Plain English Summary
Background and study aims
Neutrophils are the most common type of white blood cell found in the body. They enter the mouth mostly through the small open space of the gums, surrounding the teeth. These are also known as gingival crevices. Little is known about these oral neutrophils functional potential (what they can do) and their possible contribution in the maintenance of oral health. This study aims to investigate the presence and functional capabilities of oral neutrophils in people with no teeth (edentulous) since these individuals lack the presence of the gingival crevices found in people that still have their teeth.
What does the study involve?
This study looks at neutrophils taken from people without teeth but with a healthy mouth (orally healthy) with orally healthy people with teeth (dentate). Rinse and blood samples are taken from each person and analysed for functional activity (that is, ti see what functions the neutrophils have in the mouth) on the same day. All participants are informed about the purpose of the study, are given written information and are asked for their written consent prior to the start of the study.
What are the possible benefits and risks of participating?
This observational study gives new insights in the functioning of the immune response within the mouth of people without teeth. No risks or symptoms are to be expected to occur due to participating in this study.
Where is the study run from?
Academic Centre for Dentistry Amsterdam (Netherlands)
When is the study starting and how long is it expected to run for?
May 2014 to January 2016
Who is funding the study?
University of Amsterdam (Netherlands)
Who is the main contact?
Dr Elena Nicu
Impaired polymorphonuclear neutrophils in the oral cavity of edentulous subjects
Edentulous subjects present with less functional polymorphonuclear neutrophils compared to dentate subjects.
Observational case-control study
Primary study design
Secondary study design
Patient information sheet
Edentulous subjects wearing full dentures for a minimum period of 1 year.
Volunteers were recruited at the Academic Centre for Dentistry Amsterdam (ACTA) in the Netherlands. Subjects were either patients at the dental clinics or non-professional personnel. All subjects were screened for their periodontal condition and additionally dental radiographs were taken in order to confirm the absence of alveolar bone loss. Edentulous subjects were included if they have been wearing a full denture for a minimum period of 1 year.
All subjects were informed about the purpose of the study, received written information and had given written consent prior to the start of this study. Each subject was asked to donate one blood sample and 4x oral rinse samples. Samples were donated on the same day. Venous blood samples were drawn from the antecubital fossa into one 9 ml sodium heparin blood collection tube. Oral rinse samples were taken before any other intra-oral procedures were carried out in order to avoid contamination. The edentulous subjects were asked to remove their dentures before the supervised sample collection. All subjects were instructed not to gargle nor clear their throat during the sampling procedure. Four serial rinses of the oral cavity were obtained with 10 ml of sterile sodium chloride solution (0.9%) for 30 seconds, each with 4.5 min intermission. The rinse samples were pooled into one collection tube.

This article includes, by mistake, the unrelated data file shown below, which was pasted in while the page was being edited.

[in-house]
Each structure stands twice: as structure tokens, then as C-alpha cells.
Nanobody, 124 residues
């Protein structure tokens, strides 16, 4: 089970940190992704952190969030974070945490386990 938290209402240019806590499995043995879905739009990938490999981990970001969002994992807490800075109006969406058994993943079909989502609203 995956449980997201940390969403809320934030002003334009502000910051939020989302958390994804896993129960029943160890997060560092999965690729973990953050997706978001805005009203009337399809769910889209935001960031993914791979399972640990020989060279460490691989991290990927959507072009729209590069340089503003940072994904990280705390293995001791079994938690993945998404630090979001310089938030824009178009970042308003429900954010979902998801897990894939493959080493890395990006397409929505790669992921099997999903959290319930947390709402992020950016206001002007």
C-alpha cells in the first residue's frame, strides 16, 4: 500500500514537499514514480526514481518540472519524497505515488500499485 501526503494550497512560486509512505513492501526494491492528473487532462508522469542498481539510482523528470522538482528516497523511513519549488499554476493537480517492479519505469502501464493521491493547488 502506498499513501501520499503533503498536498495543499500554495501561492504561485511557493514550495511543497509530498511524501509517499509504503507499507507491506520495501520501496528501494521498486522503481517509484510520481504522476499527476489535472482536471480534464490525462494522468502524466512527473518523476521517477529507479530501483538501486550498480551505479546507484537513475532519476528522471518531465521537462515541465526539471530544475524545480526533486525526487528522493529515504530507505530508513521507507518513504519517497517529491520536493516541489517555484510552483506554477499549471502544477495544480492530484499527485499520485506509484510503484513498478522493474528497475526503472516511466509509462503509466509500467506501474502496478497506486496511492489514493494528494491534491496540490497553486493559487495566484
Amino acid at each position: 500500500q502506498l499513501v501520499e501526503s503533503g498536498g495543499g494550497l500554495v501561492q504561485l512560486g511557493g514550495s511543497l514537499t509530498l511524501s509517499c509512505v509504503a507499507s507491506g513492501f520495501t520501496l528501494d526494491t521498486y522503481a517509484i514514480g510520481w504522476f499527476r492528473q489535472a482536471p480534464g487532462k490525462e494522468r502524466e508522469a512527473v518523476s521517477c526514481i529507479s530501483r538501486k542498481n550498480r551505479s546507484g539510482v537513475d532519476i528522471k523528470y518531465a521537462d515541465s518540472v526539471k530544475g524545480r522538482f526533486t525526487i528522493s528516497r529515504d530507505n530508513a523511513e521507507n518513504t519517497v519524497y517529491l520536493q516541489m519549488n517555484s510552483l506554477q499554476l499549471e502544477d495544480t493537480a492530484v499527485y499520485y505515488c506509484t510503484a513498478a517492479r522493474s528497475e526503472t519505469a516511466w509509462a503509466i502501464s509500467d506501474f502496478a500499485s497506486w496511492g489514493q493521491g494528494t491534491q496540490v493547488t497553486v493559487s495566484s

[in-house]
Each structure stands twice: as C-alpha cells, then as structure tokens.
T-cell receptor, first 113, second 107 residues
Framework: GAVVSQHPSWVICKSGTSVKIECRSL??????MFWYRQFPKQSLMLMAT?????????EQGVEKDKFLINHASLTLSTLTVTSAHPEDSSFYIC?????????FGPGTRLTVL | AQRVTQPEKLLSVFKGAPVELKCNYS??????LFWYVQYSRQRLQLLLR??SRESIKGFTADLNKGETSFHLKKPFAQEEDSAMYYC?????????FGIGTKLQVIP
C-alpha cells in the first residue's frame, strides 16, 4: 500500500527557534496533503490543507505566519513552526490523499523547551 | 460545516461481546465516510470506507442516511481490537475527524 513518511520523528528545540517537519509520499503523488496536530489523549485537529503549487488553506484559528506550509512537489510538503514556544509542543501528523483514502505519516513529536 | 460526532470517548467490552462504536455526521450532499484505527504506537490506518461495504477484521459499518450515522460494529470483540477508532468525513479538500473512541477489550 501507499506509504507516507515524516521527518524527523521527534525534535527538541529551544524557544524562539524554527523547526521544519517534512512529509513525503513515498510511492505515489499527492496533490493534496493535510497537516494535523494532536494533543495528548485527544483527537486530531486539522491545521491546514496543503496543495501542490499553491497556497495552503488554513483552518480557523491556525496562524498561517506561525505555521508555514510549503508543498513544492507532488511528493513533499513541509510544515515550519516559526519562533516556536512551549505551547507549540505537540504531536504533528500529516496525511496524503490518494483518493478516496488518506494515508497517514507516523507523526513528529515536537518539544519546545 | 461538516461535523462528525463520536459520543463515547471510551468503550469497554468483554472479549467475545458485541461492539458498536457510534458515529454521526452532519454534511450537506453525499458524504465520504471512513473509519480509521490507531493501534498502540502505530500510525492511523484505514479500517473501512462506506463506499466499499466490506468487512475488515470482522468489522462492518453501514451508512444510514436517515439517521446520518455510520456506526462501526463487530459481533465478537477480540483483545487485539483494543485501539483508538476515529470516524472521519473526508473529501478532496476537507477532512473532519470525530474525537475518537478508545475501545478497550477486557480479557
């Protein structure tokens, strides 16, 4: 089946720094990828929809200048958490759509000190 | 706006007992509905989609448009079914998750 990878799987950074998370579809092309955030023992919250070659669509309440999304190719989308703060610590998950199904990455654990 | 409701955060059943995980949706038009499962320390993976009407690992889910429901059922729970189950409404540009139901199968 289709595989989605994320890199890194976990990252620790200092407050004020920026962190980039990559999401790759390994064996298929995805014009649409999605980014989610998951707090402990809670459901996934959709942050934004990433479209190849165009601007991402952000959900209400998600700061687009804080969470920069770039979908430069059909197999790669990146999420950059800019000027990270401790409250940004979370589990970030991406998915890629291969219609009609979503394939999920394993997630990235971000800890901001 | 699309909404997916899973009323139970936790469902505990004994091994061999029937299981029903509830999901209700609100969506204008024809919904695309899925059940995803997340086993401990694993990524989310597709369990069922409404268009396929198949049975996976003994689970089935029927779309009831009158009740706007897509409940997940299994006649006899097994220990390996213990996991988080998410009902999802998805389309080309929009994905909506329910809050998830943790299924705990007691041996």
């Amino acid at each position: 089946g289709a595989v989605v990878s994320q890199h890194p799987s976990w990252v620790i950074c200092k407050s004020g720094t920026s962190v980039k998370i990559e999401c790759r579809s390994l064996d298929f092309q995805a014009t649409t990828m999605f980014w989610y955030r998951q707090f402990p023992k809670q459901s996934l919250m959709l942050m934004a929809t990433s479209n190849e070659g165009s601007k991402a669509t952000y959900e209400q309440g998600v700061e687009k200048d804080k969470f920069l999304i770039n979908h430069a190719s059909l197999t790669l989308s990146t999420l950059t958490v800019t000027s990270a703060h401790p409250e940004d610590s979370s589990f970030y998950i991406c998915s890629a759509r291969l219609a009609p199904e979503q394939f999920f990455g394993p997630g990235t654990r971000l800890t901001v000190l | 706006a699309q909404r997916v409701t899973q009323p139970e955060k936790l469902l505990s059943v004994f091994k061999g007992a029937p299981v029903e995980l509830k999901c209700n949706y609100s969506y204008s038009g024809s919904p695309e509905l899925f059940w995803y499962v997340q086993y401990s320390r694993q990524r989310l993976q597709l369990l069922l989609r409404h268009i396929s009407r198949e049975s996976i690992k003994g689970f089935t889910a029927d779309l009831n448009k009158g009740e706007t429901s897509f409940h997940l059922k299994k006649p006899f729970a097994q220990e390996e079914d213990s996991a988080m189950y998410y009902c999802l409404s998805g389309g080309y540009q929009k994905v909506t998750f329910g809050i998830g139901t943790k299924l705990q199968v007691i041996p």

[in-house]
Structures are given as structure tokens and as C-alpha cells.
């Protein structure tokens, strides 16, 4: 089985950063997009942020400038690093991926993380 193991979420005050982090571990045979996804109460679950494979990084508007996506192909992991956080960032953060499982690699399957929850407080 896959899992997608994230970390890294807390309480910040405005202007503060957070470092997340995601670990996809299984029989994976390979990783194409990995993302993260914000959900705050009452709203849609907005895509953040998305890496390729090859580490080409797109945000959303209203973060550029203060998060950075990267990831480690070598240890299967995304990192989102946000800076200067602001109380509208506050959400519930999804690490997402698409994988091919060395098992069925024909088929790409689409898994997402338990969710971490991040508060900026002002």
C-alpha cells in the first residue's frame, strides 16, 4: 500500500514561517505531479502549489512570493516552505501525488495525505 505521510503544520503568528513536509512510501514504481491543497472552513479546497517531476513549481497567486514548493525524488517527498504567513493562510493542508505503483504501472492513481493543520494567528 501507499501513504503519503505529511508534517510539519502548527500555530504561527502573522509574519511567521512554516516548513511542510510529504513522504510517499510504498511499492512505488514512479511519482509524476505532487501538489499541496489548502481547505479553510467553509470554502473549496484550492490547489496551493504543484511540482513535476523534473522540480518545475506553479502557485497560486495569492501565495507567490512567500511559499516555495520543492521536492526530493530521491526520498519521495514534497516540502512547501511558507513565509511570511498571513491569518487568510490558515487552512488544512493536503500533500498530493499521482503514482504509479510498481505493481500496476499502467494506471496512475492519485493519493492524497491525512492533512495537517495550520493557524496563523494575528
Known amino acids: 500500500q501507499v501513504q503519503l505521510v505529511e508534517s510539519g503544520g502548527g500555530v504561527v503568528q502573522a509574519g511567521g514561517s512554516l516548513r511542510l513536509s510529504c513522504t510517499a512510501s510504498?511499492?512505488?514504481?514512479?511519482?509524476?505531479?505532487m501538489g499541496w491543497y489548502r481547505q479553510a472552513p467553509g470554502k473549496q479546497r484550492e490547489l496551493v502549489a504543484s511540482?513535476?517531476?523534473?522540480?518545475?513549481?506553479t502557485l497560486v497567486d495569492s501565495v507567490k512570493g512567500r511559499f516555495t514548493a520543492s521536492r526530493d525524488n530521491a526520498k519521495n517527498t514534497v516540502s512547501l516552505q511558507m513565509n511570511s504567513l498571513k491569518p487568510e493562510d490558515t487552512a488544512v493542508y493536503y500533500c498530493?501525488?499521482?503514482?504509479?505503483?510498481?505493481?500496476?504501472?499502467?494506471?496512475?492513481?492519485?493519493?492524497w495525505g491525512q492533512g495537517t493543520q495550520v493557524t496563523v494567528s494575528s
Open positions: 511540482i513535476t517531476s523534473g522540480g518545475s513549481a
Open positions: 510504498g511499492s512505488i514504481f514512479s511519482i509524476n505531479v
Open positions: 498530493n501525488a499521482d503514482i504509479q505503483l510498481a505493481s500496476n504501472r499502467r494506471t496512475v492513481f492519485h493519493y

Neutrophil counts were determined in blood and from oral rinses. Additionally cell functionality was determined using flow cytometry (cell membrane integrity, cell activation status and reactive oxygen species).
Primary outcome measures
The presence of functionally impaired neutrophils in the oral cavity of edentulous subjects, measured using flow cytometry directly after sampling. All samples were analyzed using flow cytometry on the same day.
Secondary outcome measures
1. Cell number count, using a Muse cell counting device.
2. Cell membrane integrity, analysed using propidium iodide staining.
3. Neutrophil expression of cell activation markers CD11b, CD63 and CD66b and corrected for non-specific binding of isotype control antibodies.
4. Presence of constitutive reactive oxygen species (ROS) production, detected using dihydrorhodamine 123.
5. Presence of ROS production in response to stimulation, determined in samples incubated with forbid myristate acetate (PMA) or Fusobacterium nucleatum
Overall trial start date
Overall trial end date
Participant inclusion criteria
edentulous for a minimum period of 1 year wearing a full denture OR dentate subjects with a minimum of 20 teeth.
Target number of participants
Participant exclusion criteria
conditions that are known to systemically affect the neutrophil functionality (such as Diabetes, hematological disorders, recent illness, allergies). Furthermore, antbiotics use, pregnancy, removal partial dentures, night guards, orthodontic banding, oral piercings, oral lesions were excluded.
Recruitment start date
Recruitment end date
Countries of recruitment
Trial participating centre
Academic Centre for Dentistry Amsterdam (ACTA)
Gustav Mahlerlaan 3004
Universiteit van Amsterdam
University of Amsterdam, UvA
Funding Body Type
private sector organisation
Funding Body Subtype
Results and Publications
Publication and dissemination plan
Intention to publish date
Participant level data
Available on request
Results - basic reporting